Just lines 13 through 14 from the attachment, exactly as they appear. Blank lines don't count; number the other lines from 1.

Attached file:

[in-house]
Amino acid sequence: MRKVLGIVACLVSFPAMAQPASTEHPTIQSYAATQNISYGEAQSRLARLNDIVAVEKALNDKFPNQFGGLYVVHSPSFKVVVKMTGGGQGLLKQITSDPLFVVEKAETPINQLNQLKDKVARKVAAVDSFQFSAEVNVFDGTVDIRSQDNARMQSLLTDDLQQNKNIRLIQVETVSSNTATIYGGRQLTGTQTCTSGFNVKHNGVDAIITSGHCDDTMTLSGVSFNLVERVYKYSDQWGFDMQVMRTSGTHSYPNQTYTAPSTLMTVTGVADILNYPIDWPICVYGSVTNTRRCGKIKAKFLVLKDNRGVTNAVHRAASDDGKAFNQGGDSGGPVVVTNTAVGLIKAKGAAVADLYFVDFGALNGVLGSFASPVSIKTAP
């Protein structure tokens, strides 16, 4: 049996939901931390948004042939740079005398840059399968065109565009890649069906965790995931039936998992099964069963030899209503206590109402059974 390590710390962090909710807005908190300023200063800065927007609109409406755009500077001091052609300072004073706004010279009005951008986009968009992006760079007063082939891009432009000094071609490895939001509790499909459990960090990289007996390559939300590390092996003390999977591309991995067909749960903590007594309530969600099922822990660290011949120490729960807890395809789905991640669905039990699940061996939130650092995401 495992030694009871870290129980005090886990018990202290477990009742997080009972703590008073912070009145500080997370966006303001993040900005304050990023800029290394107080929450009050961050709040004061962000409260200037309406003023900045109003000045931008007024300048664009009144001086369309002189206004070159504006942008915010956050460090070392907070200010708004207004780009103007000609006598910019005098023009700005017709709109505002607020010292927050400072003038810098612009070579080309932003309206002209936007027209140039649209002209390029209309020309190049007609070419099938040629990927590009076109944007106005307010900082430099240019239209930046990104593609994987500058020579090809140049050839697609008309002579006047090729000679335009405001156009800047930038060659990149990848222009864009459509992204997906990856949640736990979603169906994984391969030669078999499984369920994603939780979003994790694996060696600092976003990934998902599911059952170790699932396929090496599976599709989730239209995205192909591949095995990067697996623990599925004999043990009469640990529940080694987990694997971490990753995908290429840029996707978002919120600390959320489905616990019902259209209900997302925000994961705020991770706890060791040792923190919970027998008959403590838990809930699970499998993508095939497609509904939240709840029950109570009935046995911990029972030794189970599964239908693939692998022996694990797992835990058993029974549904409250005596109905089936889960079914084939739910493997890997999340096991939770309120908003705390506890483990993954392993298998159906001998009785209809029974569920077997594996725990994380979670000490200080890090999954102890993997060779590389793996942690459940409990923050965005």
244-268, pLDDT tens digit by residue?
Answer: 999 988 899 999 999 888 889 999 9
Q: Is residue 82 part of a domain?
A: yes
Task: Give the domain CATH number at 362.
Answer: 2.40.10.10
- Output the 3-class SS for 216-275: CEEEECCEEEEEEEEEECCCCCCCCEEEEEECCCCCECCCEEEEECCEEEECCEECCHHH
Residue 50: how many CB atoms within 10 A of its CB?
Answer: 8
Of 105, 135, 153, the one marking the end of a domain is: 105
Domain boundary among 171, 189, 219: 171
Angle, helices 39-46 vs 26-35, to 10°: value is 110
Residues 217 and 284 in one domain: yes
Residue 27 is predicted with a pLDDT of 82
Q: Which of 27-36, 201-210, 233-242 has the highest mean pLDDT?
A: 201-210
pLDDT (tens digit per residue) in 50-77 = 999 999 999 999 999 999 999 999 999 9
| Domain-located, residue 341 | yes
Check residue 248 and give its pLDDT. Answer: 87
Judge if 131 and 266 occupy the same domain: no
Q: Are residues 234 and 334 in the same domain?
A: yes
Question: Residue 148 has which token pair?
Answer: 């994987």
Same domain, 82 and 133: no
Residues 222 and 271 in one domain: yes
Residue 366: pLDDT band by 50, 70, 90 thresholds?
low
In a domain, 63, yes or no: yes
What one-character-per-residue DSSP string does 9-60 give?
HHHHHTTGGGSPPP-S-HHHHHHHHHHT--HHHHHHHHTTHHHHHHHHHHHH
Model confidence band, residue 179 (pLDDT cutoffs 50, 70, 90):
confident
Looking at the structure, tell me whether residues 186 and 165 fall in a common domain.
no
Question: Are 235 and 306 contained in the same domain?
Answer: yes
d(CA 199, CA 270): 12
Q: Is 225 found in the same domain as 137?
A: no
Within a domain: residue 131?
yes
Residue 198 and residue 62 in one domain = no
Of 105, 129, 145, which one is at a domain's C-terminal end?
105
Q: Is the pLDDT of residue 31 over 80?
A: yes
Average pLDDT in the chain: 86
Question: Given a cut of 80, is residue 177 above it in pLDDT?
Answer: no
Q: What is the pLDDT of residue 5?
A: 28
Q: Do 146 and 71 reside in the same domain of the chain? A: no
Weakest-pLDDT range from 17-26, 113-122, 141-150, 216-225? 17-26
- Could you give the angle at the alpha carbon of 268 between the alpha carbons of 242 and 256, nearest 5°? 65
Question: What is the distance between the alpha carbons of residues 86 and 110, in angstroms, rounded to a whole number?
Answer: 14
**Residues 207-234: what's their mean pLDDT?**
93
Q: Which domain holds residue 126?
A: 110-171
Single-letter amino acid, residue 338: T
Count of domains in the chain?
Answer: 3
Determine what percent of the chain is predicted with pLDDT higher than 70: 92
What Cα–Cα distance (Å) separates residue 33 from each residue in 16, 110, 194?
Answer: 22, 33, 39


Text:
Of 105, 135, 153, the one marking the end of a domain is: 105
Domain boundary among 171, 189, 219: 171